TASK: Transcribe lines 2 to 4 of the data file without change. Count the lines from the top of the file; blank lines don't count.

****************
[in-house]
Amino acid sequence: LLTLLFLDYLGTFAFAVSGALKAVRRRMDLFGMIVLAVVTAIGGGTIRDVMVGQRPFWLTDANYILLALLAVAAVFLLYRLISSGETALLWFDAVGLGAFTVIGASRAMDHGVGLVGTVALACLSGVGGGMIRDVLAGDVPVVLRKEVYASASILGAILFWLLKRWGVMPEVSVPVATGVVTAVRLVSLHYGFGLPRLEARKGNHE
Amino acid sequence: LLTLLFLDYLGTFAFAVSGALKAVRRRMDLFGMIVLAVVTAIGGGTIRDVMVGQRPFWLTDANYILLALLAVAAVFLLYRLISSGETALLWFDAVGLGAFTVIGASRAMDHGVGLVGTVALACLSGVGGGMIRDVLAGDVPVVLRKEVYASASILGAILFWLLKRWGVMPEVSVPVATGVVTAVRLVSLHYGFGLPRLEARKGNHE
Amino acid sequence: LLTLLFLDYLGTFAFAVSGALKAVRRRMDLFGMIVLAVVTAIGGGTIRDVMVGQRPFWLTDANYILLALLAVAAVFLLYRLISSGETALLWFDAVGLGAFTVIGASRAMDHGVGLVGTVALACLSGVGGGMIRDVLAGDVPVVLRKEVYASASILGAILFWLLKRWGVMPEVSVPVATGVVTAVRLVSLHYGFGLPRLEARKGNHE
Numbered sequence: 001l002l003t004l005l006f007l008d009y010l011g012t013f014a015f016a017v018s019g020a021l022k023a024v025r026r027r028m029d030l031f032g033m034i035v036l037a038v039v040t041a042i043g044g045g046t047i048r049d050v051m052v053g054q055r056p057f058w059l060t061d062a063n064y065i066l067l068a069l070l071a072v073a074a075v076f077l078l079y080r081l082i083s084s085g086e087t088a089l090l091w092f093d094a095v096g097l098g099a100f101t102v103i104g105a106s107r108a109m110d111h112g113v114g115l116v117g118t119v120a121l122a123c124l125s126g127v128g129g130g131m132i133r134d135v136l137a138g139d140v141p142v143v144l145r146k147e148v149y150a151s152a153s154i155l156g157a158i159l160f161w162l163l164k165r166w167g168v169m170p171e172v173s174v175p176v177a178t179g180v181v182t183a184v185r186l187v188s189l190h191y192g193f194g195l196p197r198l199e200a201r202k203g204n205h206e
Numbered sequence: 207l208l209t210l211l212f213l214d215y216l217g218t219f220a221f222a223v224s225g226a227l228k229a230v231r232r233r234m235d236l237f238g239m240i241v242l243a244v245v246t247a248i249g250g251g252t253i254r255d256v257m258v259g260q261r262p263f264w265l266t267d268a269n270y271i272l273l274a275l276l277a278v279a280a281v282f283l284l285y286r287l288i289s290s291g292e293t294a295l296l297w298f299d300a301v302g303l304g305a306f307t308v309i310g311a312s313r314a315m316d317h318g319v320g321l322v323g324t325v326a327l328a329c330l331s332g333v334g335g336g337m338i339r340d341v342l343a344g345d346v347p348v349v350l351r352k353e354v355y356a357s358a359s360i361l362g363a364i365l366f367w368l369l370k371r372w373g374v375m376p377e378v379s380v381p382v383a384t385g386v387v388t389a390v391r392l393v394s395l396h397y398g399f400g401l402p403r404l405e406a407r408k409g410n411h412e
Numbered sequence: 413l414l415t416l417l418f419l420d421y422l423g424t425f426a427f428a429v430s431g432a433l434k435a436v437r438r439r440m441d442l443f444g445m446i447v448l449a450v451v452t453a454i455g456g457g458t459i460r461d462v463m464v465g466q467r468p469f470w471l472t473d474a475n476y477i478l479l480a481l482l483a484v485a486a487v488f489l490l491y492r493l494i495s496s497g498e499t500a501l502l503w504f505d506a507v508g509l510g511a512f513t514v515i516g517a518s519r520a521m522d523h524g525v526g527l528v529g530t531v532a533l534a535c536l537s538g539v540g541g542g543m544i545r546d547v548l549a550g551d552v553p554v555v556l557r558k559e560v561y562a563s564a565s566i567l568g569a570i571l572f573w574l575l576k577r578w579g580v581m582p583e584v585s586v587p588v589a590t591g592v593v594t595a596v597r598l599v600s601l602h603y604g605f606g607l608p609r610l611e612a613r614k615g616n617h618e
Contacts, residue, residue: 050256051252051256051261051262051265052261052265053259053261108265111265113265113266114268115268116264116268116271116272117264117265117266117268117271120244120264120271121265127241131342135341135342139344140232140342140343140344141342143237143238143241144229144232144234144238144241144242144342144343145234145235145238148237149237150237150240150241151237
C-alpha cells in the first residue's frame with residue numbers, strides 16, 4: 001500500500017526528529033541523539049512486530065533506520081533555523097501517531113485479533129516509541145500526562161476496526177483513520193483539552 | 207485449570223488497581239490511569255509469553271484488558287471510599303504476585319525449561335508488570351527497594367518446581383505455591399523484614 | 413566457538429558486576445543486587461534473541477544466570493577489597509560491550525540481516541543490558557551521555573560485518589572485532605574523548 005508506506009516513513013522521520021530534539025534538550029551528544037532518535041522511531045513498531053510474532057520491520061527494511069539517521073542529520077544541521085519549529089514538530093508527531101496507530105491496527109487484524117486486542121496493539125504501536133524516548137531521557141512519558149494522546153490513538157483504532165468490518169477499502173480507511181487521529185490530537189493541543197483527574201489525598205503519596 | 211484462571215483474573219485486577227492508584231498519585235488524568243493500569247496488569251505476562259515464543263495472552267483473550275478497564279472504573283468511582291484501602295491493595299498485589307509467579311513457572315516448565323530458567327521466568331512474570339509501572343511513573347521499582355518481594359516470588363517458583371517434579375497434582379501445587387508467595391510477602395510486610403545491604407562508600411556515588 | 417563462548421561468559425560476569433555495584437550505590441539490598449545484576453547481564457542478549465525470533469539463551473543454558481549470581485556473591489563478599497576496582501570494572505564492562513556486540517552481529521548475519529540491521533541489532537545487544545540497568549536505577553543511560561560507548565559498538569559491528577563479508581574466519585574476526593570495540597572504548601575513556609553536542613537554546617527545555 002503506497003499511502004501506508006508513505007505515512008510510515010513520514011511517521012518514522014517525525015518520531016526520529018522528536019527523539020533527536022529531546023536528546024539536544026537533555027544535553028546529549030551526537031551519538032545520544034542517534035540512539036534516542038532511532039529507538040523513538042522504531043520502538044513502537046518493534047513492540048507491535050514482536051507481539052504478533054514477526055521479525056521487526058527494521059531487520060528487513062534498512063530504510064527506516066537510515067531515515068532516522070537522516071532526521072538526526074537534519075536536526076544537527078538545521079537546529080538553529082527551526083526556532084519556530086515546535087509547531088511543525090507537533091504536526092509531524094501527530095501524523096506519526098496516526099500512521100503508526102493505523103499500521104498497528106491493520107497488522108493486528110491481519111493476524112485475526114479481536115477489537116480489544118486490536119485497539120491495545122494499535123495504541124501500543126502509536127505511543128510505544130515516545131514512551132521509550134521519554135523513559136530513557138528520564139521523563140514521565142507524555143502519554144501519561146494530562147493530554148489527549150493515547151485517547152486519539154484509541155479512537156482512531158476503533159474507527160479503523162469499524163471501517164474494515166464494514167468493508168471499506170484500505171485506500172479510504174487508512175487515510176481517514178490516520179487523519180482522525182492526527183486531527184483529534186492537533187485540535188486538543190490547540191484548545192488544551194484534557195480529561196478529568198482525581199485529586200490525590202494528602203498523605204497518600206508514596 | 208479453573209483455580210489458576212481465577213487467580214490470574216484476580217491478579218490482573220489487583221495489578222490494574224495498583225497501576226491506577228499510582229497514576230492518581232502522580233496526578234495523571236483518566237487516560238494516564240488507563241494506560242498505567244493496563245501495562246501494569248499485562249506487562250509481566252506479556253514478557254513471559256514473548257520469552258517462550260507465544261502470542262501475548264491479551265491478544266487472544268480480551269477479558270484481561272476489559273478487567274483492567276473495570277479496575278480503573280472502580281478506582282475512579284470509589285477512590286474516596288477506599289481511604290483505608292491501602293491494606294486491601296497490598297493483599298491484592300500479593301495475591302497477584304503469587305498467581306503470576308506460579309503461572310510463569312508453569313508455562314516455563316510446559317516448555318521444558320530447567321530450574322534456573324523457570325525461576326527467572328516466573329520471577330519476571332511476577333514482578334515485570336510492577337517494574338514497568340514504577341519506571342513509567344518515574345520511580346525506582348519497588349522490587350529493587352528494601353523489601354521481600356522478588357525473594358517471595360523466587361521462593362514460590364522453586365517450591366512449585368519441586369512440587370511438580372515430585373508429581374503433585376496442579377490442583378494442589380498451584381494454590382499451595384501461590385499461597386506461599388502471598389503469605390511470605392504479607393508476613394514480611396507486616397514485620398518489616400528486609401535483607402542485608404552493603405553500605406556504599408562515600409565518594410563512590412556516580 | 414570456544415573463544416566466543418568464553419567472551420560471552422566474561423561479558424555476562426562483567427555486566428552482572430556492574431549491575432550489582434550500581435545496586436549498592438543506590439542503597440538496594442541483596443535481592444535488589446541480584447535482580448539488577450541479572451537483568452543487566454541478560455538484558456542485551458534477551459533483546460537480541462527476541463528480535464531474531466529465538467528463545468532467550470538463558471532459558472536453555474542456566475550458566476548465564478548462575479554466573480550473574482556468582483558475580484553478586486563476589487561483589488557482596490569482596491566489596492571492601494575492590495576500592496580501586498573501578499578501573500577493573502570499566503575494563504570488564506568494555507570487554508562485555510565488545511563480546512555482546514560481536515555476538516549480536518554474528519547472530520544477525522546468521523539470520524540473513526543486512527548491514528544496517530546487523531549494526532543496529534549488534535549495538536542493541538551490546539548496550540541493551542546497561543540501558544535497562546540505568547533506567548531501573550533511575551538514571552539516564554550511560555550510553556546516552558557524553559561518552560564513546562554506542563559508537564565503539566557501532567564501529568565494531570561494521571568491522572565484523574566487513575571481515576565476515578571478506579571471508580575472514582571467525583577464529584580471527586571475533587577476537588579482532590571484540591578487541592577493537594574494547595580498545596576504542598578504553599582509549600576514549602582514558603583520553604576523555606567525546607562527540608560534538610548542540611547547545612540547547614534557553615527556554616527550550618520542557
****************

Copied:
Amino acid sequence: LLTLLFLDYLGTFAFAVSGALKAVRRRMDLFGMIVLAVVTAIGGGTIRDVMVGQRPFWLTDANYILLALLAVAAVFLLYRLISSGETALLWFDAVGLGAFTVIGASRAMDHGVGLVGTVALACLSGVGGGMIRDVLAGDVPVVLRKEVYASASILGAILFWLLKRWGVMPEVSVPVATGVVTAVRLVSLHYGFGLPRLEARKGNHE
Amino acid sequence: LLTLLFLDYLGTFAFAVSGALKAVRRRMDLFGMIVLAVVTAIGGGTIRDVMVGQRPFWLTDANYILLALLAVAAVFLLYRLISSGETALLWFDAVGLGAFTVIGASRAMDHGVGLVGTVALACLSGVGGGMIRDVLAGDVPVVLRKEVYASASILGAILFWLLKRWGVMPEVSVPVATGVVTAVRLVSLHYGFGLPRLEARKGNHE
Amino acid sequence: LLTLLFLDYLGTFAFAVSGALKAVRRRMDLFGMIVLAVVTAIGGGTIRDVMVGQRPFWLTDANYILLALLAVAAVFLLYRLISSGETALLWFDAVGLGAFTVIGASRAMDHGVGLVGTVALACLSGVGGGMIRDVLAGDVPVVLRKEVYASASILGAILFWLLKRWGVMPEVSVPVATGVVTAVRLVSLHYGFGLPRLEARKGNHE